Baroness Strange: I should like to make one brief intervention which is not wholly relevant to the point but is not entirely irrelevant either. I quote the following poem written by my father for a pantomime some years ago:

    "Do you remember in 1908,

    Long, long ago, long ago,

    When the posts were on time,

    And the trains never late?

    Long, long ago, long ago".

Lord McIntosh of Haringey: I am glad that the noble Baroness, Lady Strange, has taken us back slightly further in her reminiscences than the noble Baroness, Lady Miller, did. I rather thought that noble Baroness, Lady Miller, was going to go the whole hog and tell us that she was dandled on Sir Rowland Hill's knee in the early 1840s and invited to lick a Penny Black stamp and place it on an envelope, but she disappointed me.

Lord Swinfen: Will the noble Lord give way? He cannot be so ungallant as not to think that the noble Baroness is of tender years.

4.30 p.m.

Lord McIntosh of Haringey: My problem is that I did not believe that she could remember before decimalisation of the currency.

The effect of Amendment No. 4 would be to require, as a matter of law and in all but exceptional circumstances, that the universal service is only provided if there are at least two deliveries of relevant postal packets every working day. Amendment No. 7 makes the same requirement for at least two collections every day from each "access point"--which, I say to the noble Lord, Lord Swinfen, is, broadly speaking, a pillar box. As this is the first of a number of amendments dealing with Clause 4 and as

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the issues apply to amendments from Amendment No. 4 to Amendment No. 18, I think it necessary to comment generally on the status of Clause 4 and how the provision will work.

Before turning to the detail of the standards laid down in the clause, I should say that the Government are, and always have been, fully committed to a universal postal service and a uniform tariff. We were the first United Kingdom government to make this a statutory commitment. We did so through the postal services regulations in 1999. Before that, believe it or not, throughout the history of postal services in this country, there was no statutory backing at all for the quality of service provided by the Post Office. Our regulations last year transposed the European Union postal services directive into European law, and it is that directive which is reflected in Clause 4.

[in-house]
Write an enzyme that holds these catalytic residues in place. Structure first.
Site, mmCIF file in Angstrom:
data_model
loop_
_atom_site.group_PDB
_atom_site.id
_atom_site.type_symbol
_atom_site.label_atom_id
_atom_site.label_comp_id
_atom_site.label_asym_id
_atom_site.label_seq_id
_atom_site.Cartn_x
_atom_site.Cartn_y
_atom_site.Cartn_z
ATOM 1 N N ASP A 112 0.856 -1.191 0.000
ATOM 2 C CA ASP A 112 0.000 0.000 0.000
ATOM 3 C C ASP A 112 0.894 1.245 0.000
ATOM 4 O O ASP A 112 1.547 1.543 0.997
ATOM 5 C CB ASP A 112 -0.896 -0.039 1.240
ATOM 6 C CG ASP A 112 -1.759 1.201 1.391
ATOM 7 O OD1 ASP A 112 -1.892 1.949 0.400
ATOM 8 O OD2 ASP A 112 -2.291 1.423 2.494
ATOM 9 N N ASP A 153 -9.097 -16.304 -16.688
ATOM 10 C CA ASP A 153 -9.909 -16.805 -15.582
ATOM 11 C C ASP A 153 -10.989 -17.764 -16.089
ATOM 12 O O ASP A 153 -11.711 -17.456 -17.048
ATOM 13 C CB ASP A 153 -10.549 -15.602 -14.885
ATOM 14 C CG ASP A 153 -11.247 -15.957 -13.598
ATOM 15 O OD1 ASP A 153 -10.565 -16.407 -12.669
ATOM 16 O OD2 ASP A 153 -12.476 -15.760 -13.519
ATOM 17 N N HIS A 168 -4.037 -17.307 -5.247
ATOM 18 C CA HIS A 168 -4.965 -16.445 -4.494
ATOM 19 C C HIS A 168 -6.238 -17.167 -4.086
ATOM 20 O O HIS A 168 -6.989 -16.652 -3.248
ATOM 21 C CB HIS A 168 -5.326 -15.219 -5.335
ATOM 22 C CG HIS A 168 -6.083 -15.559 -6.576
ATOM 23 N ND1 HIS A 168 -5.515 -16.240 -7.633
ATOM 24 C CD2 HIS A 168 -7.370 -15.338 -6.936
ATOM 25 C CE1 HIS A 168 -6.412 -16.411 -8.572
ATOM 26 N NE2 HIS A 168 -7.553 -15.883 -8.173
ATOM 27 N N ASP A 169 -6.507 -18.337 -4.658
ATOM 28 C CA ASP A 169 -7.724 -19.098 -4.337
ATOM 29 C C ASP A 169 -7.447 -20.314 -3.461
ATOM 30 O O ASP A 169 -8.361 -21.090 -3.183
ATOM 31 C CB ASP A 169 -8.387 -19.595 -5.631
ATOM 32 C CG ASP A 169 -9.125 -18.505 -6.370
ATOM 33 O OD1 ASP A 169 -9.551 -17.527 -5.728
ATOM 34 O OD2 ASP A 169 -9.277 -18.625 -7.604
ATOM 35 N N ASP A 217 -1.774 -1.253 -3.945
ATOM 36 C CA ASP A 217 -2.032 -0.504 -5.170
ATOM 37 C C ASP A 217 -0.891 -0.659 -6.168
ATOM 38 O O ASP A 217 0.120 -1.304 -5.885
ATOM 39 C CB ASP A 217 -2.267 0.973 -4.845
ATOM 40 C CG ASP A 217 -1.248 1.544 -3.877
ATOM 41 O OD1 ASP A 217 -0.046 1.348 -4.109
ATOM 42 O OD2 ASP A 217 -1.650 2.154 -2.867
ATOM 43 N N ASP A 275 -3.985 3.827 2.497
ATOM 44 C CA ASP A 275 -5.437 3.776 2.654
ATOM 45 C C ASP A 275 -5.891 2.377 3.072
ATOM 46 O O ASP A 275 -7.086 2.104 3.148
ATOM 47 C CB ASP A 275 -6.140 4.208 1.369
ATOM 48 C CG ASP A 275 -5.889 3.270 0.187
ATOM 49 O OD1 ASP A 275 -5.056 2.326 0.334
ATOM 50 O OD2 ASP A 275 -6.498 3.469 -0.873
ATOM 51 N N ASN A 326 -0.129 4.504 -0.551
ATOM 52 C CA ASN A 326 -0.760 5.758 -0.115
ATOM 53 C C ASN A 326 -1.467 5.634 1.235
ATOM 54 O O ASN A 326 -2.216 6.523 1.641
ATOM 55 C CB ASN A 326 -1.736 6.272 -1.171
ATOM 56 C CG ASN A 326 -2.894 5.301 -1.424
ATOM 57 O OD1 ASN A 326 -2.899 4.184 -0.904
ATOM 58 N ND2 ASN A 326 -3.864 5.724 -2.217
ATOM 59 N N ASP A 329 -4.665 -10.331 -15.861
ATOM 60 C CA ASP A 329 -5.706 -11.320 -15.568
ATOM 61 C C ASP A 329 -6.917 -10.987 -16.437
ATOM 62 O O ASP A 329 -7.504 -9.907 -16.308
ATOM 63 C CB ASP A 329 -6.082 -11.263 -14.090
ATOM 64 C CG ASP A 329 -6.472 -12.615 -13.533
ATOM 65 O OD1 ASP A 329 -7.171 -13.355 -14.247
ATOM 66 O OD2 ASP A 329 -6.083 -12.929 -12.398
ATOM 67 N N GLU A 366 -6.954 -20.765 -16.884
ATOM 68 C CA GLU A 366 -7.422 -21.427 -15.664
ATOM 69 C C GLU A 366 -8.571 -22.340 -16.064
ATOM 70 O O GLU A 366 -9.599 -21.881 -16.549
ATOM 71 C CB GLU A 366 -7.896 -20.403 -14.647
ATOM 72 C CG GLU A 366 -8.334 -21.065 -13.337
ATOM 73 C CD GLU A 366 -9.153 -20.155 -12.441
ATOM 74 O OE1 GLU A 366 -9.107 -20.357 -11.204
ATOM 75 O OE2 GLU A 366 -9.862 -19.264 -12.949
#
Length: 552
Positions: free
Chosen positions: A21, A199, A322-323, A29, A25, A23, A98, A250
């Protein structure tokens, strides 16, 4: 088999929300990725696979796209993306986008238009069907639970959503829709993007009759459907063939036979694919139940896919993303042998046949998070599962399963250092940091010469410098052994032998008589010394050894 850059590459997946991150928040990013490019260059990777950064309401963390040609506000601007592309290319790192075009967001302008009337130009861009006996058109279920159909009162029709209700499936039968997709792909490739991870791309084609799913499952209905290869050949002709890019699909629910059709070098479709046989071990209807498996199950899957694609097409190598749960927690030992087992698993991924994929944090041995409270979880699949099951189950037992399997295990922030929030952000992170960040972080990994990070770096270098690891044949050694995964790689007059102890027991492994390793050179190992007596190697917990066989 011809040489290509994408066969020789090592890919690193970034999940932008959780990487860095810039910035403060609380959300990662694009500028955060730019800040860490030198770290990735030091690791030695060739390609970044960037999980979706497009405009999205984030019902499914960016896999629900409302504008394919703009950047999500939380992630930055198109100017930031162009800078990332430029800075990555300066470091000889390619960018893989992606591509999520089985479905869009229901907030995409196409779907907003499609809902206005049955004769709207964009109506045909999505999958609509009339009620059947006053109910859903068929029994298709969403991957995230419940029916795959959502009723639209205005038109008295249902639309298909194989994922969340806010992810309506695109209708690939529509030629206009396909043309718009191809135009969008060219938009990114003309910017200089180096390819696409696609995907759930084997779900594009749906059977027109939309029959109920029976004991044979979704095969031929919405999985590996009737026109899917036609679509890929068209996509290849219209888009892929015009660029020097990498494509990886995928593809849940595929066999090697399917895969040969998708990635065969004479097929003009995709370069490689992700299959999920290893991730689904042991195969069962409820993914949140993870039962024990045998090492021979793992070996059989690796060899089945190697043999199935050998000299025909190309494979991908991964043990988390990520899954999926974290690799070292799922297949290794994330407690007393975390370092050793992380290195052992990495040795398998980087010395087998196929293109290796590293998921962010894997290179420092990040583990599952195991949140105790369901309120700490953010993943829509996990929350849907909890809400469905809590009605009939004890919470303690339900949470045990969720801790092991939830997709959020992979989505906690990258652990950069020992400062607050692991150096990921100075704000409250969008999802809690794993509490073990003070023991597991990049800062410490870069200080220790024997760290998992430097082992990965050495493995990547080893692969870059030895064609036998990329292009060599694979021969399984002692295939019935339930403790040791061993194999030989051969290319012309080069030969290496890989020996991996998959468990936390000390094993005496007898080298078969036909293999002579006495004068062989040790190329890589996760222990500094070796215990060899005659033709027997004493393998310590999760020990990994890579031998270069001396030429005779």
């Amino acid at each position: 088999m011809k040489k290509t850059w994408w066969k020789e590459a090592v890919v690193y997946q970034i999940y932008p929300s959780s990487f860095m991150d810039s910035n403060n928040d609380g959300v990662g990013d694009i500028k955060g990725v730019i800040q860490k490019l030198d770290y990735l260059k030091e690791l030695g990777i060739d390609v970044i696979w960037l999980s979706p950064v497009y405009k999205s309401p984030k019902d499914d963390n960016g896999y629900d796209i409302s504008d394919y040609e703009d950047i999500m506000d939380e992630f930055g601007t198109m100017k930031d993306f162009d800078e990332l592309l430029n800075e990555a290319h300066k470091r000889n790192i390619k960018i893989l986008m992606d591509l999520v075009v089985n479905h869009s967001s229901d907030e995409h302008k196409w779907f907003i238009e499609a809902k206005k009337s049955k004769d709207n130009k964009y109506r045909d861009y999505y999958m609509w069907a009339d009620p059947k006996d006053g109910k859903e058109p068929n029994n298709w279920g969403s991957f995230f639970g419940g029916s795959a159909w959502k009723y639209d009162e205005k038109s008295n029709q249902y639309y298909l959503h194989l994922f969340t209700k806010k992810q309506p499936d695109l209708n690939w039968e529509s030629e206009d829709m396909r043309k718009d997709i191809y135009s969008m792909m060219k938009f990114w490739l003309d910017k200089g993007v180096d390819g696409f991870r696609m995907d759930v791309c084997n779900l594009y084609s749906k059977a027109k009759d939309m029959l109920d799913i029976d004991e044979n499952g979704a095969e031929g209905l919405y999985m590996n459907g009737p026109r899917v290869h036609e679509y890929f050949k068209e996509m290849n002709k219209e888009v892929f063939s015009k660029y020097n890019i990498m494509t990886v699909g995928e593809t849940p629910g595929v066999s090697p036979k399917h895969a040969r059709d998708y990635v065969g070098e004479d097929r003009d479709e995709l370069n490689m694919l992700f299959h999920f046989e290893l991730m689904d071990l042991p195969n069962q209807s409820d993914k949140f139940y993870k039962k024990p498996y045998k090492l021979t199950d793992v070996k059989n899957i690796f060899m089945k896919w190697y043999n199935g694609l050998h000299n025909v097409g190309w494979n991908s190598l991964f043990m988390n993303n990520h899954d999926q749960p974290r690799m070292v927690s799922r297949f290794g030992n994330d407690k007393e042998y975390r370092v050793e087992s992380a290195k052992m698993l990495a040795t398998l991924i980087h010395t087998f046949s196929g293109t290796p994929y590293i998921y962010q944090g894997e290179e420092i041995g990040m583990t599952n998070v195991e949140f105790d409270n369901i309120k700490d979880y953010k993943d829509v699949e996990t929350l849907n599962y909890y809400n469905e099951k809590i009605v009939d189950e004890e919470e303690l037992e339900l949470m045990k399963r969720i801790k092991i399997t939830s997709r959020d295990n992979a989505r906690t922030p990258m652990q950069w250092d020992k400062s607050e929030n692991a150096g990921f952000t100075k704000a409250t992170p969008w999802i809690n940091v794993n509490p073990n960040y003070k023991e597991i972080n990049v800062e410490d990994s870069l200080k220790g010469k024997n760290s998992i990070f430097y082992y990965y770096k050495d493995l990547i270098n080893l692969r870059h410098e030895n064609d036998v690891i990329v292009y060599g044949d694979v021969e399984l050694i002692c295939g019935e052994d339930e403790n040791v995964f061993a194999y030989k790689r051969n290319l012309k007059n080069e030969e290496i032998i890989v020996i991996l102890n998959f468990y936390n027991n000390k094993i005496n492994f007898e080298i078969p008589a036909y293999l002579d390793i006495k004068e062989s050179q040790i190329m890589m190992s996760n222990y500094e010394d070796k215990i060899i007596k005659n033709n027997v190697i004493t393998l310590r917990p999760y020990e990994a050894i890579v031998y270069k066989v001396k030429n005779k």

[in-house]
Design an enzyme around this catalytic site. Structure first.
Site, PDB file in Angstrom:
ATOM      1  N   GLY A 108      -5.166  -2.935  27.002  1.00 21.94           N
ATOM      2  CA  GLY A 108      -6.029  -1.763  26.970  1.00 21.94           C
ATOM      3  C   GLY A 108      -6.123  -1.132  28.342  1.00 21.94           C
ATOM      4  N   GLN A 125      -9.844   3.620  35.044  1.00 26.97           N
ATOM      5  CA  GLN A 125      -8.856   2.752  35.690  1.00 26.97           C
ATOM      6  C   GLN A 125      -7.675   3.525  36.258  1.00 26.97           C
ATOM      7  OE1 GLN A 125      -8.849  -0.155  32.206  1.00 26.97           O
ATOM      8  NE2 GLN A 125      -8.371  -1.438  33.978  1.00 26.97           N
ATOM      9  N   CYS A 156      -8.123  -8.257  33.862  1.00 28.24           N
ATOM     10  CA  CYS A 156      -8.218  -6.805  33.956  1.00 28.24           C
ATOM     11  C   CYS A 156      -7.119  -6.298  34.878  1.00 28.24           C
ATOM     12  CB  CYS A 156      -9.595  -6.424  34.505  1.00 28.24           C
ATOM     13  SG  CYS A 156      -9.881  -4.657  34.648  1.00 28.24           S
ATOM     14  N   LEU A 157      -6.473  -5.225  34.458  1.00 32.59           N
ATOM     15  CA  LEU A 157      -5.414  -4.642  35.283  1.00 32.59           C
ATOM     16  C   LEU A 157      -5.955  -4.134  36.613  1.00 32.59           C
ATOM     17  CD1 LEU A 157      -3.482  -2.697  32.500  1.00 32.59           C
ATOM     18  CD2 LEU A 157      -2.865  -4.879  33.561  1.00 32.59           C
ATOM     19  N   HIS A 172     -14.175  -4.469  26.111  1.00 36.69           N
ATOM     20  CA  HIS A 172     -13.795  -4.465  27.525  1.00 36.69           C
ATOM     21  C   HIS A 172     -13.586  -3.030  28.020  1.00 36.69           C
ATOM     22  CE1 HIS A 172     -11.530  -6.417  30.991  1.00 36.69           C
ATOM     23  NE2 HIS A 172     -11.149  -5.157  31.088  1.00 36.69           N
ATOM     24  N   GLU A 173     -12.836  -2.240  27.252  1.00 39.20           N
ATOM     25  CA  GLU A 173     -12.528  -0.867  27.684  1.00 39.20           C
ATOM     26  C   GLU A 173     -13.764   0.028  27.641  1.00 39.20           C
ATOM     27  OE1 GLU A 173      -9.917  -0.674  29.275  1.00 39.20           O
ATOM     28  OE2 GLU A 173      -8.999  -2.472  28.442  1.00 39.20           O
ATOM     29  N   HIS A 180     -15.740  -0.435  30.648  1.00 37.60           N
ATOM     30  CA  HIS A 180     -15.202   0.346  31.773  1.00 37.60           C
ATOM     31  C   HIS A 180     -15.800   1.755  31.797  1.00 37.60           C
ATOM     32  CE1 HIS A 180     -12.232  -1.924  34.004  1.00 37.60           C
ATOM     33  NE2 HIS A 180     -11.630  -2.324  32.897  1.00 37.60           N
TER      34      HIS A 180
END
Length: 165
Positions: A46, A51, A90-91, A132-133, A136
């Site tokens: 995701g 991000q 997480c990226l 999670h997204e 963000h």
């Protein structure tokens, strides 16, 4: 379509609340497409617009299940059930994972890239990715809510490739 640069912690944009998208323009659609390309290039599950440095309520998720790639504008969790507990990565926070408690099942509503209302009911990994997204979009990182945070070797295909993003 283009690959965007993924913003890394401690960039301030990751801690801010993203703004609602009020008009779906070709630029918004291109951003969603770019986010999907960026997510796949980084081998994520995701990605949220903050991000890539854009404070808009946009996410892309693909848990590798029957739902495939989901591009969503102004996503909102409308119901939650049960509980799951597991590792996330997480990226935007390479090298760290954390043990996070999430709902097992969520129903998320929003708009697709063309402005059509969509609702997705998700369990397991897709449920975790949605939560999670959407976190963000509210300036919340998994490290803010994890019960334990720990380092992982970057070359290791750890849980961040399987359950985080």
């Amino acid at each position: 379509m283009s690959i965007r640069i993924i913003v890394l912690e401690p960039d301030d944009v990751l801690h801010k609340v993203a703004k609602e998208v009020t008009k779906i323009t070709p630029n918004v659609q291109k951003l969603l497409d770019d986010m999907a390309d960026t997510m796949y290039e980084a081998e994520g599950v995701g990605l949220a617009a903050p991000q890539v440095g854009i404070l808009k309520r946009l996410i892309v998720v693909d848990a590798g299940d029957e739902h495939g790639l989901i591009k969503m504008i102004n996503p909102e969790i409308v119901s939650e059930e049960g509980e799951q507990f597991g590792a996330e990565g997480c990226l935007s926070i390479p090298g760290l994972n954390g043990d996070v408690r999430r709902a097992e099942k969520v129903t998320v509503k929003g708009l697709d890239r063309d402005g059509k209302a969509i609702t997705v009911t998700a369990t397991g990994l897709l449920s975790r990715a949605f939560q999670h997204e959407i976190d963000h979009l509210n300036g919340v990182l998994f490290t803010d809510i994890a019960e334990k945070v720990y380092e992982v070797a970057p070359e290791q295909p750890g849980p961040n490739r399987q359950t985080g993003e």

The meaning of "universal service" as set out in the Bill is in line with the United Kingdom's obligations under the European Union directive. There is no need for us to change the directive unilaterally. It represents the minimum service that customers in the United Kingdom can expect.

I say that it reflects the minimum level of service. It does not, of course, reflect the level of service which we expect from the Post Office company. Nothing in the Bill will undermine the current levels of service enjoyed by Post Office customers. I say that with due respect to the noble Baroness, Lady Oppenheim-Barnes and the noble Lord, Lord Monson, who are clearly receiving a service that is well below the acceptable standard.

The European Union directive requires the Post Office company, through its licence, to agree and observe the quality of service standards. These will be published, and they will be monitored by the postal services commission and by the consumer council. The commission will have the power to take enforcement action, and to fine the Post Office or the other licence holder for having failed to meet its agreed service standards without reasonable excuse. That provision is new: it had never been the case until last year and the further provision in the Bill. There have never been sanctions against the universal service provider; there has never been any possibility of fines or penalties for failure to perform. That is a real advance and should be recognised as such.

We are setting up the postal services commission in order to establish the terms of the licence with the Post Office company, the universal service provider. I suggest that it is not for the Government to set the new service standards but for the independent regulator. It is certainly the Government's expectation that the standards set in the licence will be at least as demanding as the current quality service targets. I give way to the noble Baroness.